The flyer sent out by Laging-Schultz Company in the 1940s, touting the periscope flashlight invented by Werner Laging.
The flyer sent out by Laging-Schultz Company in the 1940s, touting the periscope flashlight invented by Werner Laging.
Recently a gentleman came into the Methodist Church Museum and asked to see our "periscope flashlight." What an enlightening experience this turned out to be, and one more proof Spring Valley has produced some remarkable inventors. Can you believe there is an organization dedicated to flashlight collectors and that there is a quarterly newsletter sent to all members? The editor is Robbin Roberts of St. Michael, Minn. The following are some fascinating facts gleaned from the 2013 #93 issue.

Werner E. Laging was born and raised in Spring Valley. The 1930 census shows he was living in Spring Valley, although he may have lived in Racine at one point. The 1940 census indicates by that time he was married to Marjorie Rhoten. In the 1940s, Laging was living in Dayton, Ohio, working as a field maintenance man at Wright Field. While working there, he invented and patented a gadget he called a periscope flashlight. This invention was specifically designed for utility workers and tradesmen to look inside a dwelling's wall structure. One could look up and down in plaster and lath wall cavities to look for any obstruction that might prevent running electrical wires, pipes or flues between upper and lower floors.

After World War II, Laging, his wife, and son Jon, moved to Mountain Lake, Minn., where he became superintendent of their public utilities. While there, he felt a great need to utilize the periscope flashlight as an instrument to inspect water hydrants. According to the newsletter, hydrants are subject to a lot of abuse, especially in the northern United States, where freezing temps can cause cast iron to expand and crack if not properly maintained. With the patent already in place, Laging turned his attention to a final design and built his first prototype, which used mirrors, a rotating body, and two d-cell batteries for light. He then sought an investor to help with funding its manufacture, and found a partner in George Schroeder. Together they were able to acquire capitol to manufacture the initial 2,000 periscope flashlights. Parts were outsourced, and Laging did the assembly himself, selling mostly by word of mouth and direct mailing. However, a side note is required at this point.

Here in Spring Valley lived a clever machinist and metalworker, himself a wondrous inventor, Charlie Henderson. Henderson had invented a bag tyer for use at the elevators, and gone on to invent the automatic stapler. Yes, the Minnesota Historical Society credits him with inventing the stapler. The city was so impressed with his "production line" they built a large staple factory on the west side of town along the Chicago Great Northern railroad about 1926. Henderson produced the bag tyer, the stapler, the staples - in fact, all the dies necessary for the production of these items. But of interest to this story: according to the Henderson history written by Charlie's son, Don, Charlie made the model and dies to produce the Werner periscope flashlight, and the workmen at the light plant put them together.

The society displays the periscope flashlight, given by George Kaess, and the box itself is labeled "Werner Manufacturing Company, Spring Valley, Minnesota." Indeed, Laging's "outsourcing the parts" must have been to his old friend here in town, Charlie Henderson. Kaess, a local electrician, used the periscope flashlight in his work, and gave it to the society for its collection.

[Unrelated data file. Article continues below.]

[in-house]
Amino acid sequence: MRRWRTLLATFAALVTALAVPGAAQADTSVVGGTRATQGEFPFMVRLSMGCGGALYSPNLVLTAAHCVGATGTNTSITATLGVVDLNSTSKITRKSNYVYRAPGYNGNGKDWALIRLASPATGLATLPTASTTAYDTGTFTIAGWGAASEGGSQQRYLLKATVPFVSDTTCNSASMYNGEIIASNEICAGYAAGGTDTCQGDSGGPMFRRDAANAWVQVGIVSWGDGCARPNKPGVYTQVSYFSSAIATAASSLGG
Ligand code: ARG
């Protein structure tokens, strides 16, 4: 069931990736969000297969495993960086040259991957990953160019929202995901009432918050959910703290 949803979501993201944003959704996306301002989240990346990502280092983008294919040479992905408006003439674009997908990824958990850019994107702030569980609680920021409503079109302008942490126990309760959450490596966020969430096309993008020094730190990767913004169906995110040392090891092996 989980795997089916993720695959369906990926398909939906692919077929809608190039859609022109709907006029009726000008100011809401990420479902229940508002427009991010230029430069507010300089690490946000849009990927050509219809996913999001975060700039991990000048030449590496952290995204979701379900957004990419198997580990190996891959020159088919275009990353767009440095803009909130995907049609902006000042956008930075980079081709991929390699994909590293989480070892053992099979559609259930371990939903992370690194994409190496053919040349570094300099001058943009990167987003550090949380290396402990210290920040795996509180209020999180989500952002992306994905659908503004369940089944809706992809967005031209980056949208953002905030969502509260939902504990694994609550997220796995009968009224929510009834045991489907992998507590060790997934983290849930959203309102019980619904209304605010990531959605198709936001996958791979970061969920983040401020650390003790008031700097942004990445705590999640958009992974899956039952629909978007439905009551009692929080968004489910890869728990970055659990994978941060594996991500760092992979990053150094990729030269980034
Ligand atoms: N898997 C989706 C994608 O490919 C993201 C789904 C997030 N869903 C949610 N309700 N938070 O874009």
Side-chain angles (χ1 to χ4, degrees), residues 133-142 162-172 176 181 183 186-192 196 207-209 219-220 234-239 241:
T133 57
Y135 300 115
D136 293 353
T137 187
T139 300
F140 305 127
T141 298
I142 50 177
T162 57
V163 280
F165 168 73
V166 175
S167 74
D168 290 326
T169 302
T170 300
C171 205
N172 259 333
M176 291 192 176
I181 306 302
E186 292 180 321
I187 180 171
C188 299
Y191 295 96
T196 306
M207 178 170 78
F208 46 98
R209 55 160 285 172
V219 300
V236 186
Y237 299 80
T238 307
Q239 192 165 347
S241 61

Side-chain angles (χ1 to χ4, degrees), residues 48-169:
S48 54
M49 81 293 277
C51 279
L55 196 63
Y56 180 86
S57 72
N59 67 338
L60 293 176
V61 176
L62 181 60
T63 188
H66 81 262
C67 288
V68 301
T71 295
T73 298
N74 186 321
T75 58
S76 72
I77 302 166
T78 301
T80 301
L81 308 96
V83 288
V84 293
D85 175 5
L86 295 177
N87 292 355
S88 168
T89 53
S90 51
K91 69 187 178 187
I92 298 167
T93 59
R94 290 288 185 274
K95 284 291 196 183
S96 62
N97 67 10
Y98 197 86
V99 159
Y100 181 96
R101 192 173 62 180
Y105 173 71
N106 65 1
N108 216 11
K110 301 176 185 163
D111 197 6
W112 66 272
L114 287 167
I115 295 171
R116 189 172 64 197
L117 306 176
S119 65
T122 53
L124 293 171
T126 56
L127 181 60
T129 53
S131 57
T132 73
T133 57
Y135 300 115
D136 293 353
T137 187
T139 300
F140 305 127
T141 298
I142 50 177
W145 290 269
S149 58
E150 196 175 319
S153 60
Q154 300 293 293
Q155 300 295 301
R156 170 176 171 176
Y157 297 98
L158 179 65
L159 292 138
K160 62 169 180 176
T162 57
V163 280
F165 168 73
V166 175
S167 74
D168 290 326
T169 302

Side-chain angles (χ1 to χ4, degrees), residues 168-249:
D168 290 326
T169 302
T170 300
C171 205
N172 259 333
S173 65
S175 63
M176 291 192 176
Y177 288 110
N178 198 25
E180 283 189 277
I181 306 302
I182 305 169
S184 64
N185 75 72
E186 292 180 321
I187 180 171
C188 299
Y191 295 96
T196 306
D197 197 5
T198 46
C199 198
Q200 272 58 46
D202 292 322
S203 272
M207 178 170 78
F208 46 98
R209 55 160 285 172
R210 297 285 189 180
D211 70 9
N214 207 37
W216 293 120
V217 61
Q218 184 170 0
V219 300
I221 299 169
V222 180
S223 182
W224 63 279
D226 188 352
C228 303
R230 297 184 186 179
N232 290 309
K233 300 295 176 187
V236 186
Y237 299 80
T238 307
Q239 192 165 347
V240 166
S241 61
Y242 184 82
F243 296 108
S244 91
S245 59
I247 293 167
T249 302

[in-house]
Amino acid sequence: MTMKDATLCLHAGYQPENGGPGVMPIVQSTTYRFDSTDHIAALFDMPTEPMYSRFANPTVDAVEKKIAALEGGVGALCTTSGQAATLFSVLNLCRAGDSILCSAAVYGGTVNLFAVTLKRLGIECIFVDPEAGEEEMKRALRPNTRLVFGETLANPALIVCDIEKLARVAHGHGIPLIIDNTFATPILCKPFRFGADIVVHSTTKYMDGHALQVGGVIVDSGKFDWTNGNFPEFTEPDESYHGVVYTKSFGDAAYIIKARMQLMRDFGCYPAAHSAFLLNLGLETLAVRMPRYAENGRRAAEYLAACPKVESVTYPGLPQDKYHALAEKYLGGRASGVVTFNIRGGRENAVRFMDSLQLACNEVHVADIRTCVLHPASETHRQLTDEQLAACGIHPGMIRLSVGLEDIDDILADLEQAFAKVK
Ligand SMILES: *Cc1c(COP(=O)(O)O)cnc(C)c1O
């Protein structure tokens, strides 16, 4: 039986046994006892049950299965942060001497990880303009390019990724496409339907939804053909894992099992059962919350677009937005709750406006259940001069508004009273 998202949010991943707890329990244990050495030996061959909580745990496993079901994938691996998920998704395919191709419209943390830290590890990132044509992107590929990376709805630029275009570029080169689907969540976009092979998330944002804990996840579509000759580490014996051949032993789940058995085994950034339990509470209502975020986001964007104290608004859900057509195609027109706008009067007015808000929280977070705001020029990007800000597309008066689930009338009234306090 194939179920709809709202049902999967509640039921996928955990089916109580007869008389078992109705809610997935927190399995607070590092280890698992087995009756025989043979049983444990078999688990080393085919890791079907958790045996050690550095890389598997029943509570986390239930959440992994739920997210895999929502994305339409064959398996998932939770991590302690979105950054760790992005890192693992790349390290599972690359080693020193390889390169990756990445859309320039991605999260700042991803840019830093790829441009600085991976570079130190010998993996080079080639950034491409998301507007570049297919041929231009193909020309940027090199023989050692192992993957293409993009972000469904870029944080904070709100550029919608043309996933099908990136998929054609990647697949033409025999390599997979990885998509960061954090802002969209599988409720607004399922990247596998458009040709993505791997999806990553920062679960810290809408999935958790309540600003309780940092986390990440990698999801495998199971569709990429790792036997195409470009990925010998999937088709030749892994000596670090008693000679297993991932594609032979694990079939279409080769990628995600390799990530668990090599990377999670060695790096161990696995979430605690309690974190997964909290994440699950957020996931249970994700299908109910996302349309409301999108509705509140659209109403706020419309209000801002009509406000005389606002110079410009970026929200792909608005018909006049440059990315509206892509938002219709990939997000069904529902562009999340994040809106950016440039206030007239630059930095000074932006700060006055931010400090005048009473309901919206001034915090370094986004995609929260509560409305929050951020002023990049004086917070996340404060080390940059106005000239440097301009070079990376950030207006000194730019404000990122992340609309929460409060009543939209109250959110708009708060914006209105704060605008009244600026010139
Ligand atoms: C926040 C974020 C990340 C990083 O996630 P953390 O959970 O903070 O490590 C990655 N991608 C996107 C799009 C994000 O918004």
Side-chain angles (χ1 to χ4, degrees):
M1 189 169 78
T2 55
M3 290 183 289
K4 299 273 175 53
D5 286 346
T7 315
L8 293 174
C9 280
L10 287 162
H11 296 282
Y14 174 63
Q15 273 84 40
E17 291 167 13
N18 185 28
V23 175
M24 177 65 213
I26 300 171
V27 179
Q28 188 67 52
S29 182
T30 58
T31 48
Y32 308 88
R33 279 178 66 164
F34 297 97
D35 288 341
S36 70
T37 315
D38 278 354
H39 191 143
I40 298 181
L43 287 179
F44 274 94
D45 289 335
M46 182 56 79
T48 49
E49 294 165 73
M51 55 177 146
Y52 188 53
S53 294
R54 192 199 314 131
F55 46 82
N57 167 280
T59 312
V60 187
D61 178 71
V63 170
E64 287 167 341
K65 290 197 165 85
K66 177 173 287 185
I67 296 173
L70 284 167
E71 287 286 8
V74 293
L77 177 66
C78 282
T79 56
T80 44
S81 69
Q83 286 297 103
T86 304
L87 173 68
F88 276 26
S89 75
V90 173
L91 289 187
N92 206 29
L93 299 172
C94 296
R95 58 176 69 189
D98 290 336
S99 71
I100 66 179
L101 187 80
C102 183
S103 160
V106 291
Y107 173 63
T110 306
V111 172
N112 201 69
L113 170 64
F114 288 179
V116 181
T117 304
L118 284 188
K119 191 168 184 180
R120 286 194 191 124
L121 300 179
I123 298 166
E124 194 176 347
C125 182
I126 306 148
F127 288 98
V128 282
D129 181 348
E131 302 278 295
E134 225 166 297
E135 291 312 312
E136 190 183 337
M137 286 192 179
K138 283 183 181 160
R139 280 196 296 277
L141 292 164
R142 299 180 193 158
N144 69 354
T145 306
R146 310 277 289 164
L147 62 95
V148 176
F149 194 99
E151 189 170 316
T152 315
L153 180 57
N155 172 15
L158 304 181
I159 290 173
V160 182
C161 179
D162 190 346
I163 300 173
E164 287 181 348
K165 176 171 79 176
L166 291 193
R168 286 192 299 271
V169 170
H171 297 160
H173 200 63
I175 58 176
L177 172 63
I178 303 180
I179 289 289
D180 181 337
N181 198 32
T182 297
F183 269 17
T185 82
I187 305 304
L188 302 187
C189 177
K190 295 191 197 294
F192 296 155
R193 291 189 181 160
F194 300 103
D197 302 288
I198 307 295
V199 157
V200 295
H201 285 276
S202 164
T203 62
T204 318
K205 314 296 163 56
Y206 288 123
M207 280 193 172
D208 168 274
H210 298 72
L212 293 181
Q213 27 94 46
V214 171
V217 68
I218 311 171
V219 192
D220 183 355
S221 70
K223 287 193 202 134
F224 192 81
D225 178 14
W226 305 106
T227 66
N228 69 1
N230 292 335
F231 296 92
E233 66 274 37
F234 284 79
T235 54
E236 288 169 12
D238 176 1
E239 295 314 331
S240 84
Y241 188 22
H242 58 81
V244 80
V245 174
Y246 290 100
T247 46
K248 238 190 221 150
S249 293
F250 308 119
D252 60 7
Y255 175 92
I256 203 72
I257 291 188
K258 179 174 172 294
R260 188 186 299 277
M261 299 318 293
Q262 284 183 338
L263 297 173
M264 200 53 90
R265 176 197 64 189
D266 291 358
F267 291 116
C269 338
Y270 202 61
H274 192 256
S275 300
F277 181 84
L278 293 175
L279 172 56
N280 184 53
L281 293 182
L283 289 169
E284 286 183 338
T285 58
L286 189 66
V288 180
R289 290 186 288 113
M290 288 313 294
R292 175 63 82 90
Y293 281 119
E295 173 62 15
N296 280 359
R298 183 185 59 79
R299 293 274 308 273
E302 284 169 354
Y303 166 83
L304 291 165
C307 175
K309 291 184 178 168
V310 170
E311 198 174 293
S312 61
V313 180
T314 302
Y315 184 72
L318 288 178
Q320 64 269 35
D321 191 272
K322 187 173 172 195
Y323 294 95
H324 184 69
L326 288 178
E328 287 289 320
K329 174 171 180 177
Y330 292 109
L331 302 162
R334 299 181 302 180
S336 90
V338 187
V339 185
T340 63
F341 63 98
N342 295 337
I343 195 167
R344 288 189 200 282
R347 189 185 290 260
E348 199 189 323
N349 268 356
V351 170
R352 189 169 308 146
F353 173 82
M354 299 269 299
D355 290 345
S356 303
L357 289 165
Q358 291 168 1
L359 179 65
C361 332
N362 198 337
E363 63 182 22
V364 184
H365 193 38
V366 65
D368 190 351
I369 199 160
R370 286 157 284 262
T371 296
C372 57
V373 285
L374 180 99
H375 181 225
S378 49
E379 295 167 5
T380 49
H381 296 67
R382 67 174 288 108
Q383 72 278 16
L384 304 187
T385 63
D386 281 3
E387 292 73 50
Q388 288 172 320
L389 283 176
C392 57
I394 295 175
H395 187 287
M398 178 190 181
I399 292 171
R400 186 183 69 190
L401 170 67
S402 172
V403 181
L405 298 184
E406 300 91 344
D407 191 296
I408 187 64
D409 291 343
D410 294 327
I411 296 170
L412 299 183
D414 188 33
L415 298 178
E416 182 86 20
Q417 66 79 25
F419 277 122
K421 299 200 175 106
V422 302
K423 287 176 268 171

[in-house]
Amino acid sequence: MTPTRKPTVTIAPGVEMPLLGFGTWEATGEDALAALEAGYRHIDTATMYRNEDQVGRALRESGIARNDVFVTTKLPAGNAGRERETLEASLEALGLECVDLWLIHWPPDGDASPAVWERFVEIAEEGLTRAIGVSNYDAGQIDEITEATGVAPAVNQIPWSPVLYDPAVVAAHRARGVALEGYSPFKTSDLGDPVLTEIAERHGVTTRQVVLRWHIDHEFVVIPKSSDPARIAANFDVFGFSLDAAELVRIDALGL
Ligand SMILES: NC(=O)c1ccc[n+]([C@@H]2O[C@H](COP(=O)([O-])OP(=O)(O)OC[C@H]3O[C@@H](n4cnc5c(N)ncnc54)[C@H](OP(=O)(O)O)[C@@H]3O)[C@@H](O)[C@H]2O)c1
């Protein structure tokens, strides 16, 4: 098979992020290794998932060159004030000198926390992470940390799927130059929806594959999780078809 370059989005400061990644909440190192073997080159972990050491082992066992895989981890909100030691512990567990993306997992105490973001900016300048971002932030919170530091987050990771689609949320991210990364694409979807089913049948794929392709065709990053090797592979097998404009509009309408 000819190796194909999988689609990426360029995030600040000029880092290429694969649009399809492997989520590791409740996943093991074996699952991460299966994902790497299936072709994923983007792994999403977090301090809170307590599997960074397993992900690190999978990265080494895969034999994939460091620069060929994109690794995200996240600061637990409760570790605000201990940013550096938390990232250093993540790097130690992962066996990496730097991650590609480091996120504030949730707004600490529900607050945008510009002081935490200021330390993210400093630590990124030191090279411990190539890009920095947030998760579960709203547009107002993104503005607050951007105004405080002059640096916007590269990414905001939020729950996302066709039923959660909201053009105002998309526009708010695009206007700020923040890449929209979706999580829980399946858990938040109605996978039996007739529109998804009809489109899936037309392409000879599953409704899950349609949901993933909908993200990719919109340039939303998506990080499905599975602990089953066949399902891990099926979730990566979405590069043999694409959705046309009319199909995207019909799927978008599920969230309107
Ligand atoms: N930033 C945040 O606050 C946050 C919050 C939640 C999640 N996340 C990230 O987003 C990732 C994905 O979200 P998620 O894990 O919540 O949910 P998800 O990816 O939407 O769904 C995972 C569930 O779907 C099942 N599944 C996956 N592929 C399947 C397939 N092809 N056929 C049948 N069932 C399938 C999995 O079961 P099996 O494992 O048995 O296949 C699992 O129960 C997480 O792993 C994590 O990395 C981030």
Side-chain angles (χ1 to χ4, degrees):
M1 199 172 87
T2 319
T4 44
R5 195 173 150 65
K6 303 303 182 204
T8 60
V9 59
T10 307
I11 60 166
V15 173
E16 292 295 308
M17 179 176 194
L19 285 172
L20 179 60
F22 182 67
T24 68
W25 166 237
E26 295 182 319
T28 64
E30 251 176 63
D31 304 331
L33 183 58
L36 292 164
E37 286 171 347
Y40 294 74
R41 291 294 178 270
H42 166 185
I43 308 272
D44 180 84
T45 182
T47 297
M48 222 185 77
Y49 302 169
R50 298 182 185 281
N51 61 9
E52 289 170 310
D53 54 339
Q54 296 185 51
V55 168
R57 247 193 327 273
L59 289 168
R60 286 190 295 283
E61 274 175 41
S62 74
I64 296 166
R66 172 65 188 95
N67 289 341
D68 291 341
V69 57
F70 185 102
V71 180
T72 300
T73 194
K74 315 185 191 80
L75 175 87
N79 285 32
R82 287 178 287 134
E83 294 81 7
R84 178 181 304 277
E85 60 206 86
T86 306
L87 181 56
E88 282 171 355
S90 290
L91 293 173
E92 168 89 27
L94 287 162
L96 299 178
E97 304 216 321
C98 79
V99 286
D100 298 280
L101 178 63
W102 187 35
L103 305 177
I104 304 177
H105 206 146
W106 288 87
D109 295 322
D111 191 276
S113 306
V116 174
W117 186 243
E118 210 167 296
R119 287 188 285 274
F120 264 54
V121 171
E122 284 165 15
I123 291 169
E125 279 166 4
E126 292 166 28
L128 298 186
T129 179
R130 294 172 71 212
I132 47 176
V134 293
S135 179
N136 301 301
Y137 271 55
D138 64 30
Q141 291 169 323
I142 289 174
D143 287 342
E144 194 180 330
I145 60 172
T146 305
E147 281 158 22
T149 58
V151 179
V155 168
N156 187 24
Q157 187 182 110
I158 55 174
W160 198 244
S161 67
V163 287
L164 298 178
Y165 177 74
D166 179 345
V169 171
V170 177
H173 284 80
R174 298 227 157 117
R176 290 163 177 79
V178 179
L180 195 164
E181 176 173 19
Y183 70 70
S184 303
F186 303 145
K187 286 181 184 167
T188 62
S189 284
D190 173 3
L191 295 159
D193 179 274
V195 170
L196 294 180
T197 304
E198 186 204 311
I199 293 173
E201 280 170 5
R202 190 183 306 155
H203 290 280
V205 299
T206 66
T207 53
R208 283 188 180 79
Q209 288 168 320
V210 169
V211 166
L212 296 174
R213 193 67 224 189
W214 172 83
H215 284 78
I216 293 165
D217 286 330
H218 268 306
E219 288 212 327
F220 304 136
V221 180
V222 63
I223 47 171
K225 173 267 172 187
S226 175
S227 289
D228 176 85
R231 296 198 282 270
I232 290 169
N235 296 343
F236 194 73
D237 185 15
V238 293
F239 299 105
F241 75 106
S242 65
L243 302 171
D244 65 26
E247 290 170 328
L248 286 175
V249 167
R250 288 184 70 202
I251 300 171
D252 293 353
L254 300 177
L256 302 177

The Schroeder-Laging Company went into business and kept a small inventory to keep up with orders. However, in 1951, Werner Laging died of a sudden heart attack when his son Jon was only 14 years old. His wife, Marjorie, continued the company, assisted by friend John Schultz. They used a list of water departments all over the country, sending out the flyer that is shown here. Schroeder gave his share of the business to Marjorie; the company became Laging-Schultz, and business trickled in. The company sold maybe four to six lights a month, with a ten-day money back guarantee, at about $17.95 each, a fair amount of money in the early '50s, but not a huge moneymaker.

The company continued in business through 1959, when Marjorie married Albert Hatlestad, a fine gentleman who was one of the butter makers at the Spring Valley Creamery; we knew them as faithful members at Our Saviors Lutheran Church. In 1960, the patent expired on the periscope flashlight; John Schultz and family moved to Delano, Minn., in 1965. He kept the business going, more like a hobby, and Marjorie turned the company over to him. Schultz renamed the operation the Periscope Flashlight Company of Delano; he died in 2010.

Readers are invited to stop by the museums to check out local inventions by Werner Laging, Charlie Henderson, and the Conley brothers, whose cameras were eventually sold through the Sears Roebuck catalogs, the world-famous Air Camper (airplane) designed by Bernard Pietenpol, and many other items.

The church museum itself was built by Hans Andersen, of Andersen Windows fame!

Incidentally, although he is currently taking a few weeks off, Werner Laging's son, Jon, in the past wrote the popular Sports Talk column and now writes a column on growing up in Minnesota Lake for the Tribune, so you might want to contact him, too.

The museums at 220-221 West Courtland are open through Labor Day and then on weekends, l0 to 4 each day.

There is a small admission fee, but take my word, it is well worth a trip to see the inventions with Spring Valley origins.